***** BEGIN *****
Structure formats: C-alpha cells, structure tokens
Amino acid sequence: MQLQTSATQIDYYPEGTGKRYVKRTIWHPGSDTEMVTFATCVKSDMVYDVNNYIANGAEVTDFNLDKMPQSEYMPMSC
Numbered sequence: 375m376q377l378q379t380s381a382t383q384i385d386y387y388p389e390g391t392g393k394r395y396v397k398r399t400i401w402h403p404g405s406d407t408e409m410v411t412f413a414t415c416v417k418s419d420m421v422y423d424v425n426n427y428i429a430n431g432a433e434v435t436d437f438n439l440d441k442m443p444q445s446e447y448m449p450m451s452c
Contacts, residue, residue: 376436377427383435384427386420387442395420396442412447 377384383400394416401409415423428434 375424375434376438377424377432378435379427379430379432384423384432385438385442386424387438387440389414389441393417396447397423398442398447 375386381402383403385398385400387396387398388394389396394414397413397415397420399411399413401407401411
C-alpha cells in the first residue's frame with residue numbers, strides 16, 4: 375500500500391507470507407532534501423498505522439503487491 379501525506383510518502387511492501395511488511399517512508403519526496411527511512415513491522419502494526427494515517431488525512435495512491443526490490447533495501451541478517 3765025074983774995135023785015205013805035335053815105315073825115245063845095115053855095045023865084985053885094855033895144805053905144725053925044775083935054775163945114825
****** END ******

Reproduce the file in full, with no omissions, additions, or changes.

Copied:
Structure formats: C-alpha cells, structure tokens
Amino acid sequence: MQLQTSATQIDYYPEGTGKRYVKRTIWHPGSDTEMVTFATCVKSDMVYDVNNYIANGAEVTDFNLDKMPQSEYMPMSC
Numbered sequence: 375m376q377l378q379t380s381a382t383q384i385d386y387y388p389e390g391t392g393k394r395y396v397k398r399t400i401w402h403p404g405s406d407t408e409m410v411t412f413a414t415c416v417k418s419d420m421v422y423d424v425n426n427y428i429a430n431g432a433e434v435t436d437f438n439l440d441k442m443p444q445s446e447y448m449p450m451s452c
Contacts, residue, residue: 376436377427383435384427386420387442395420396442412447 377384383400394416401409415423428434 375424375434376438377424377432378435379427379430379432384423384432385438385442386424387438387440389414389441393417396447397423398442398447 375386381402383403385398385400387396387398388394389396394414397413397415397420399411399413401407401411
C-alpha cells in the first residue's frame with residue numbers, strides 16, 4: 375500500500391507470507407532534501423498505522439503487491 379501525506383510518502387511492501395511488511399517512508403519526496411527511512415513491522419502494526427494515517431488525512435495512491443526490490447533495501451541478517 3765025074983774995135023785015205013805035335053815105315073825115245063845095115053855095045023865084985053885094855033895144805053905144725053925044775083935054775163945114825